Combining Melody and Chords

A few ideas for people who want to start making their own arrangements of tunes.

For this post I’ll be using Ode to Joy because the melody is very simple and you can play it against one chord (in this case C). Here’s the snippet:


You’ll have to forgive any sniffles, coughs and hocked loogies you can pick up on these MP3s. I’m down with a nasty cold at the moment.

Melody and Strums

The most common way to combine melody and chords is to strum the chord and add the melody note on top of that.

In this case, we can strum the open g, C and E strings (make up a C chord) while we play the melody on the top string.


To make the melody note stand out make sure it’s the last note you hit. So when the melody is on the A string use a down strum, when it’s on the g-string use an up strum. Because the melody here is all on the A-string, you use all down strums. I’m using my thumb for the strums and the single notes but for more complicated pieces varying your strumming and picking will make things more interesting.

Check out Mark Occhionero arrangement of Blue in Green for an idea of what you can do with this technique.

Melody and Harmony and Strum

You can spice up the chord soloing idea by harmonizing the melody. Here I’m harmonizing with notes a third below the melody.


Back-up Picking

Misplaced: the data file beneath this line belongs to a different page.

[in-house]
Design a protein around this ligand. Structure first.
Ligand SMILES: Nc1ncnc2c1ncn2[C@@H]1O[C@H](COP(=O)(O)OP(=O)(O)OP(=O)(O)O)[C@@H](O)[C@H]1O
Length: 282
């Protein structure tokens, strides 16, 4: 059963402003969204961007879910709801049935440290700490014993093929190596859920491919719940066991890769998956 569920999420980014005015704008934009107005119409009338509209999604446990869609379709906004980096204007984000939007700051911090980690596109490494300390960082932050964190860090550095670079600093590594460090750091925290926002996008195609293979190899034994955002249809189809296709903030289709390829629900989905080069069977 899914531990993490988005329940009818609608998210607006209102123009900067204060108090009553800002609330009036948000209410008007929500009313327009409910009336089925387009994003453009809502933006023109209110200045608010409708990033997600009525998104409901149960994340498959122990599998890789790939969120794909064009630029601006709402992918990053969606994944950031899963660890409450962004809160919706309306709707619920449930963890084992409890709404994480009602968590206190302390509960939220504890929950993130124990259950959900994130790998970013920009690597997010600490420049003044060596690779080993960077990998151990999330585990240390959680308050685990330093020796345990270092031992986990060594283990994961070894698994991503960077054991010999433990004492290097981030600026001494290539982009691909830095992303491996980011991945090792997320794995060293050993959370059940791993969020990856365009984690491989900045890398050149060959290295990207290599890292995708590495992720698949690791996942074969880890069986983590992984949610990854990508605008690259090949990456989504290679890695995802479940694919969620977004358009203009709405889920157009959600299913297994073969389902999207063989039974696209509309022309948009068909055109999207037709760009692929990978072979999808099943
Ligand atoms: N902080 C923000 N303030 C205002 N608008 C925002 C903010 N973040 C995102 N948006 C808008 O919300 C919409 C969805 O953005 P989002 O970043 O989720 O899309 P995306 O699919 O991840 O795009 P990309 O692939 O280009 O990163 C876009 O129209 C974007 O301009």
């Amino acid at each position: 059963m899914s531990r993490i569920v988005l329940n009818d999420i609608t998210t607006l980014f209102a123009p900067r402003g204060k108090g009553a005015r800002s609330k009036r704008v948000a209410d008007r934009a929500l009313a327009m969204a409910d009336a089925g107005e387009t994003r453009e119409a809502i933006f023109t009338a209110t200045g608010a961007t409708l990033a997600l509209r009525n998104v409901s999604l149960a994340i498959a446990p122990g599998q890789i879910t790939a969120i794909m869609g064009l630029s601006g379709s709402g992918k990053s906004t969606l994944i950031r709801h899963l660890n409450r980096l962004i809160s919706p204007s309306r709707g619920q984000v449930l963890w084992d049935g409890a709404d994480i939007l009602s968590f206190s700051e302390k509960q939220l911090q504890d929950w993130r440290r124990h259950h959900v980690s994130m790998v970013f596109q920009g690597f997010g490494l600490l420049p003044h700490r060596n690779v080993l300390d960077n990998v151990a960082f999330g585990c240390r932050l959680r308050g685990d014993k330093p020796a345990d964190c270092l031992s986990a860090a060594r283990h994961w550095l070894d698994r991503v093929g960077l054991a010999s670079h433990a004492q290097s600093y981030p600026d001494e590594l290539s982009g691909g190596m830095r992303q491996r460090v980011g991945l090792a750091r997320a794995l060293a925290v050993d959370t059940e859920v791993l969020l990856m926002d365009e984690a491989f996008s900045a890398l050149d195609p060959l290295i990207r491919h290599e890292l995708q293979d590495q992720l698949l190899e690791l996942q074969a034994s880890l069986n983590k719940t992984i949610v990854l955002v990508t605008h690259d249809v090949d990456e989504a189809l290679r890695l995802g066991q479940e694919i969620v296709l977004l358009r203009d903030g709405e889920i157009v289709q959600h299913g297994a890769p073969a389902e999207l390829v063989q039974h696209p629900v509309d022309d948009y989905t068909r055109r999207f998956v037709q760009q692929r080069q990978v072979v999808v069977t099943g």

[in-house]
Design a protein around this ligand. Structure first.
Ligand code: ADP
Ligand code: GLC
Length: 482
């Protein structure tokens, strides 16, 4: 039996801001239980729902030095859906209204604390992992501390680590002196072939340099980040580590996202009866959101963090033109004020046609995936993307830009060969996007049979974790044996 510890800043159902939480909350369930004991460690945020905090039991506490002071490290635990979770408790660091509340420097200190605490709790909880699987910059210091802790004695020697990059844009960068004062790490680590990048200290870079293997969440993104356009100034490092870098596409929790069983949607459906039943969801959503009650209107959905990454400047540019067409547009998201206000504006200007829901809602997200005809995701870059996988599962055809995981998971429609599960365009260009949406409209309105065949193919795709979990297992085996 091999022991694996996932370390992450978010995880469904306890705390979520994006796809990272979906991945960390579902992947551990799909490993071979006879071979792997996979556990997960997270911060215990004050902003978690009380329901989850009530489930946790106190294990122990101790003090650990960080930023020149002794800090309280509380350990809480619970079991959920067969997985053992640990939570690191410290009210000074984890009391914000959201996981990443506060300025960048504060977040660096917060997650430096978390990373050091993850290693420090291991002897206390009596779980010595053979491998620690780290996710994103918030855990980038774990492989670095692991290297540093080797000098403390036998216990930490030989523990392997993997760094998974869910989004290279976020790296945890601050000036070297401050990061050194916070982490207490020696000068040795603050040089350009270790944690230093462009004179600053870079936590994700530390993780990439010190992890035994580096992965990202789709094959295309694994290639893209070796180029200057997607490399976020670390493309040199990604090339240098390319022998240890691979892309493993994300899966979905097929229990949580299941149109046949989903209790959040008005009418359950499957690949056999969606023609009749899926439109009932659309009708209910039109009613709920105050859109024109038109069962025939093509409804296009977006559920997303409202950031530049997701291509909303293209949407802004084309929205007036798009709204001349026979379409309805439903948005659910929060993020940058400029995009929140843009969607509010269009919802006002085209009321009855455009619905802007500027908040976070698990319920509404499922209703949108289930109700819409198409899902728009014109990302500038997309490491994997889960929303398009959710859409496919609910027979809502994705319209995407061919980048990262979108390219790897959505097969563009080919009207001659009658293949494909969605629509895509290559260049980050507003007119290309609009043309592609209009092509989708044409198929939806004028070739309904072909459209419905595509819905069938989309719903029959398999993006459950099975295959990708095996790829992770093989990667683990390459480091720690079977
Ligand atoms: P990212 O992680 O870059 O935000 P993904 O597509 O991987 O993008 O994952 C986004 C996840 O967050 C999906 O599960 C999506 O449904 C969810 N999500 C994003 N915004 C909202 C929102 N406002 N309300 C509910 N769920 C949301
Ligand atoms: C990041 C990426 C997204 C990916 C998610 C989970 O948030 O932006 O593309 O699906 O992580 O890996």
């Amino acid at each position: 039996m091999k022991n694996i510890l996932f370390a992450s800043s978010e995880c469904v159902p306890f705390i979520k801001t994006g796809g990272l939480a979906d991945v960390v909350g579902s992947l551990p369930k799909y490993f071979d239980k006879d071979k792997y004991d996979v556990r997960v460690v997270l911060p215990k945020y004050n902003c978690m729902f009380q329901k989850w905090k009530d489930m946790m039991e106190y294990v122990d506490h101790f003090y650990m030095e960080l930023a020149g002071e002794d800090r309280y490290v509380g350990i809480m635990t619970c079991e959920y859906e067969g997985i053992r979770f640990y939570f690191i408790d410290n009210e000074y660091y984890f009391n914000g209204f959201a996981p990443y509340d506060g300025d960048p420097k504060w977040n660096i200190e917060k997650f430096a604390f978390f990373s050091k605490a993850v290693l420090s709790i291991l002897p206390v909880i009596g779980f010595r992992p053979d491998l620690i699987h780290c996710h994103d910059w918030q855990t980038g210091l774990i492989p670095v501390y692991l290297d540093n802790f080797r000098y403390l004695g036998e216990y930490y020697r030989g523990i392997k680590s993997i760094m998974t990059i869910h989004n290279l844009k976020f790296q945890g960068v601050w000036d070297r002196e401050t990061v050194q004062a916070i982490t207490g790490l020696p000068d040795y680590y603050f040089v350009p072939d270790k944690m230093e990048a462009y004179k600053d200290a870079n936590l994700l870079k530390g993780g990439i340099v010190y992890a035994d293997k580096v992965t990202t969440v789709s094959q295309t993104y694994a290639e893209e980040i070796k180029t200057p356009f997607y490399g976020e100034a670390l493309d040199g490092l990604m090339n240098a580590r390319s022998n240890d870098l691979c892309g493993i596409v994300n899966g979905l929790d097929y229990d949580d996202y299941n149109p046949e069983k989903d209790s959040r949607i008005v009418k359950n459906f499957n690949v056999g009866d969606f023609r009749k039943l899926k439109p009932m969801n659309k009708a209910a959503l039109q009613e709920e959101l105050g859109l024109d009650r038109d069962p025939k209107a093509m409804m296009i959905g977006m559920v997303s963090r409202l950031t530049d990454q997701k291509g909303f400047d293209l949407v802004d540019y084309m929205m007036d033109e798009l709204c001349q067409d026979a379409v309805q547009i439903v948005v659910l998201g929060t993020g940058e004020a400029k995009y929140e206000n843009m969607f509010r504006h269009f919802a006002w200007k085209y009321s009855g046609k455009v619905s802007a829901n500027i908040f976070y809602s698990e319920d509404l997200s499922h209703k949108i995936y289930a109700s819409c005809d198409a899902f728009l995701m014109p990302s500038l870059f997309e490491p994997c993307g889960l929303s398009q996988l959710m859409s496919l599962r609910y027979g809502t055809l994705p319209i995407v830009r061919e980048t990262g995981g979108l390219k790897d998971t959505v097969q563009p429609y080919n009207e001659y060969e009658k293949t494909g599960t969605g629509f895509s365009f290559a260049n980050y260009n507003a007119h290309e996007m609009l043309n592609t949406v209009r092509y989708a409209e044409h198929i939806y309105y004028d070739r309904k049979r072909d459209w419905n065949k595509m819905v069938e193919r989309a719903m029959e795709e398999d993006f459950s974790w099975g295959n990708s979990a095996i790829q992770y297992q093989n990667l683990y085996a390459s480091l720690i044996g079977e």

Here we’re adding in a simple fingerpicking pattern behind the melody. The picking hand is one finger per string (thumb on g-string, index on C-string, middle on E-string, ring on A string).


There are all sorts of patterns you can use for this type of accompaniment. Take a listen to Rick Hulett’s arrangement of Falling Slowly for some ideas.

Alternate Picking

Fingerpicking again but this time, rather than having a dedicated finger for each string, the thumb flips between the g and C strings. On the guitar this type of playing is referred to as Travis picking or Cotten picking.

Here’s a typical pattern with the thumb playing the g and C strings, the index on the E and the middle on the A.

And here’s how you could use the pattern to play Ode to Joy.


Here are a couple of tunes played in this way.

Which is the Best?

The one that sounds best to you.

There isn’t a right answer. Try them all out (and try it campanella style).

I’ve already put up two arrangements of Ode to Joy and neither of them sound anything like any of the arrangements on this post. If I was going to pick one for this tune, I’d go with the alternate picking. Which I never even thought of trying before this post.

There are so many ways of arranging any tune the only way to go is choose the one that suits you best rather than blindly copying the way it works for someone else.

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